I think, to illustrate, I would like to give an example of how not to know Him; or rather, how to know a portion of the truth without knowing the whole.

Perhaps you have seen something along the lines of this floating around on social media:

It is time to elect a new world leader, and only your vote counts. Here are the facts about the three candidates.

Candidate A.
Associates with crooked politicians, and consults with astrologist. He’s had two mistresses. He also chain smokes and drinks 8 to 10 martinis a day.

Candidate B.
He was kicked out of office twice, sleeps until noon, used opium in college and drinks a quart of whiskey every evening.

Candidate C.
He is a decorated war hero. He’s a vegetarian, doesn’t smoke, drinks an occasional beer and never cheated on his wife.

Which of these candidates would be your choice? Decide first… no peeking, then scroll down
for the response.

————————————————————-

Candidate A is Franklin D. Roosevelt.
Candidate B is Winston Churchill.
Candidate C is Adolph Hitler.

That sounds compelling, doesn’t it? However, while there may or may not be some fact to these descriptions, not a single one of them contains the whole truth.

To be perfectly honest, I am woefully ignorant of the lives of FDR or Churchill. I know nothing about the former president. And despite my good intentions, I only made it through a couple of chapters of Churchill’s famous biography, The Last Lion, but in that portion I did read that he was a sickly child and as an adult would often nurse a single drink for the better part of a day in order to appear to be a “manly” drinker.

But after reading The Rise and Fall of the Third Reich by William Shirer, I can tell you that the facts about Hitler are only a tiny slice of the picture; a piece of the puzzle lifted out of context of the complete life of the man to prove a silly and useless point. To  know the whole truth requires a little more effort, but it gives you a more complete portrait of the man.

For one thing, Hitler was only a vegetarian later in life due to severe stomach trouble. Although he may never have cheated on his wife, he scarcely had the opportunity. Hitler and Eva Braun, his long-time mistress, were married for less than 48 hours before committing a double suicide in an underground bunker near the end of World War II.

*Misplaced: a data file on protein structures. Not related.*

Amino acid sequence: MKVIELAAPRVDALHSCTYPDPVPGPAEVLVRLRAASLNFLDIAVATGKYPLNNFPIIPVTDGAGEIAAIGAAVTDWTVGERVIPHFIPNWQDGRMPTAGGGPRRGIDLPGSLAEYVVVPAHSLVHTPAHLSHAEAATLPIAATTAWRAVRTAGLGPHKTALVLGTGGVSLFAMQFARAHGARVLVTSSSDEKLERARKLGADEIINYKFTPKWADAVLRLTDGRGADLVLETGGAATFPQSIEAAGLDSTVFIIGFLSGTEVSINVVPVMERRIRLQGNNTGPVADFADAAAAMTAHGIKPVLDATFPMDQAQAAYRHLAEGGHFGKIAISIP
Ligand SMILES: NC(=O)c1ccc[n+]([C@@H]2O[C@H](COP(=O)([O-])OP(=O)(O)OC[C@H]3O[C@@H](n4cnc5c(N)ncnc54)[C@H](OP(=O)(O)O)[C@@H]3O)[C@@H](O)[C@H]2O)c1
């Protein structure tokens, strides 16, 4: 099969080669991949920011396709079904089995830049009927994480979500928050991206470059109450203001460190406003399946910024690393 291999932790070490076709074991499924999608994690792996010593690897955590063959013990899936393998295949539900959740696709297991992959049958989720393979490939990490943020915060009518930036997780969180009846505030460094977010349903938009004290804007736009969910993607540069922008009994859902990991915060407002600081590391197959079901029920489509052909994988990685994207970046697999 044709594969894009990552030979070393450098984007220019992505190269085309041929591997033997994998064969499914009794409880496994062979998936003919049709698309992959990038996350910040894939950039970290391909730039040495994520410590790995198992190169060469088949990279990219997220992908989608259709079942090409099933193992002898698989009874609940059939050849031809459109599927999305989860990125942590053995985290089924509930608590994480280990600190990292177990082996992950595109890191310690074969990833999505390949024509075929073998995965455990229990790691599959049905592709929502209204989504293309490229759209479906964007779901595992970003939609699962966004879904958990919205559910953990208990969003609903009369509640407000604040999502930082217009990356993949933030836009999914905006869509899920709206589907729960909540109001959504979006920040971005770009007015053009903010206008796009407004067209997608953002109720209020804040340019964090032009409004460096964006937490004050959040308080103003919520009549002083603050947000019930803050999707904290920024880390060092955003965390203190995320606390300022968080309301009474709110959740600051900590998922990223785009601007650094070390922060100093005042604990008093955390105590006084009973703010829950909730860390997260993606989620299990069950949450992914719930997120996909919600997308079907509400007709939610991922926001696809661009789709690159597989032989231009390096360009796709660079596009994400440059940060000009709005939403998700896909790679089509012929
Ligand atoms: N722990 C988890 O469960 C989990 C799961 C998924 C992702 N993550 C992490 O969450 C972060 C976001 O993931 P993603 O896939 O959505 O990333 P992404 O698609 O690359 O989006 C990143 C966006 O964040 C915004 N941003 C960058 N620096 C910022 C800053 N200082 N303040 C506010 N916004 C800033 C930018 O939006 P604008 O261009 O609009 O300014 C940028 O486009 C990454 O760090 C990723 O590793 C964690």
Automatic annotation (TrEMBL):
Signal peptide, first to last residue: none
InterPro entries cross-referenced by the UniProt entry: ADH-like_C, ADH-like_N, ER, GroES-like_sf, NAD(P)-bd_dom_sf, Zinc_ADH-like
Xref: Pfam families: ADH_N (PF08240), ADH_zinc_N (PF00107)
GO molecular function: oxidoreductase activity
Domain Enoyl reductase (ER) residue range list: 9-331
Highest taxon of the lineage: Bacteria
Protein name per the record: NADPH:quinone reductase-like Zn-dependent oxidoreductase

As far as morality goes, besides having mistresses it is also true that a younger Adolf had an extremely jealous and possessive relationship with his niece, Geli Raubal, who later was found dead by gunshot in her room and ruled a suicide. Besides these things, he was also responsible for the breaking of many treaties, millions of deaths, and horrendous persecution of the Jewish people.

In that solitary  and far-from-complete example, it is easy to see how misleading a picture one can acquire from a partial truth.

In the same way, we cannot rely on social media memes, snippets of Scripture, or the opinions of others if we want to acquire an accurate portrait of Jesus Christ.  By His own statements, to know Him is to know the Father, and in order to know  them well, there are absolutely no shortcuts to reading and understanding the full counsel of the Word of God.

The sum of your word is truth, and every one of your righteous rules endures forever.
(Psalm 119:160)

That, my friends, requires time, dedication, prayer, and the gift of the Holy Spirit. If you truly want to know the Truth, you must read the Word of Truth and be guided by the Spirit of Truth.

Today I find myself fascinated that my incomprehensibly great God is all these things: the God of truth, the Word who was in the beginning, the Truth, and the Spirit of Truth.  Check out Isaiah 65:16, John 1:1-14, John 8:28-32, and pretty much all of John 14-17 for more insight on His truth. I would love to hear how you are experiencing the Word of Truth this Advent season!

Sanctify them in the truth; your word is truth.
(John 17:17)